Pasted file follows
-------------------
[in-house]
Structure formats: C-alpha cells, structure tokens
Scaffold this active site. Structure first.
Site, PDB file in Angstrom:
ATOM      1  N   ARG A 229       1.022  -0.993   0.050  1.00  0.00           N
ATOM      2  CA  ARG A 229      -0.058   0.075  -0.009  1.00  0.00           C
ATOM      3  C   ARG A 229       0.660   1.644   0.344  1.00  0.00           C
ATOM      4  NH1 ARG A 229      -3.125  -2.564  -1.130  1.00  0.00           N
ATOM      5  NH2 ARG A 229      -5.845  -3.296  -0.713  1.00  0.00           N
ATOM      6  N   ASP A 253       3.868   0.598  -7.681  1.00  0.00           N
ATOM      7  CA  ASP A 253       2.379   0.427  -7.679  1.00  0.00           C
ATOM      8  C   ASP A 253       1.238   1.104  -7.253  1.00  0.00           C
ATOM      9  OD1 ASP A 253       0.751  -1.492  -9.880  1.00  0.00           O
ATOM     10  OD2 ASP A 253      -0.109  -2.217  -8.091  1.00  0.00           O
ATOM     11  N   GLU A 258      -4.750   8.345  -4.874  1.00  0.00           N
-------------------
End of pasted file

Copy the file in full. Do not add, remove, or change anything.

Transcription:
[in-house]
Structure formats: C-alpha cells, structure tokens
Scaffold this active site. Structure first.
Site, PDB file in Angstrom:
ATOM      1  N   ARG A 229       1.022  -0.993   0.050  1.00  0.00           N
ATOM      2  CA  ARG A 229      -0.058   0.075  -0.009  1.00  0.00           C
ATOM      3  C   ARG A 229       0.660   1.644   0.344  1.00  0.00           C
ATOM      4  NH1 ARG A 229      -3.125  -2.564  -1.130  1.00  0.00           N
ATOM      5  NH2 ARG A 229      -5.845  -3.296  -0.713  1.00  0.00           N
ATOM      6  N   ASP A 253       3.868   0.598  -7.681  1.00  0.00           N
ATOM      7  CA  ASP A 253       2.379   0.427  -7.679  1.00  0.00           C
ATOM      8  C   ASP A 253       1.238   1.104  -7.253  1.00  0.00           C
ATOM      9  OD1 ASP A 253       0.751  -1.492  -9.880  1.00  0.00           O
ATOM     10  OD2 ASP A 253      -0.109  -2.217  -8.091  1.00  0.00           O
ATOM     11  N   GLU A 258      -4.750   8.345  -4.874  1.00  0.00           N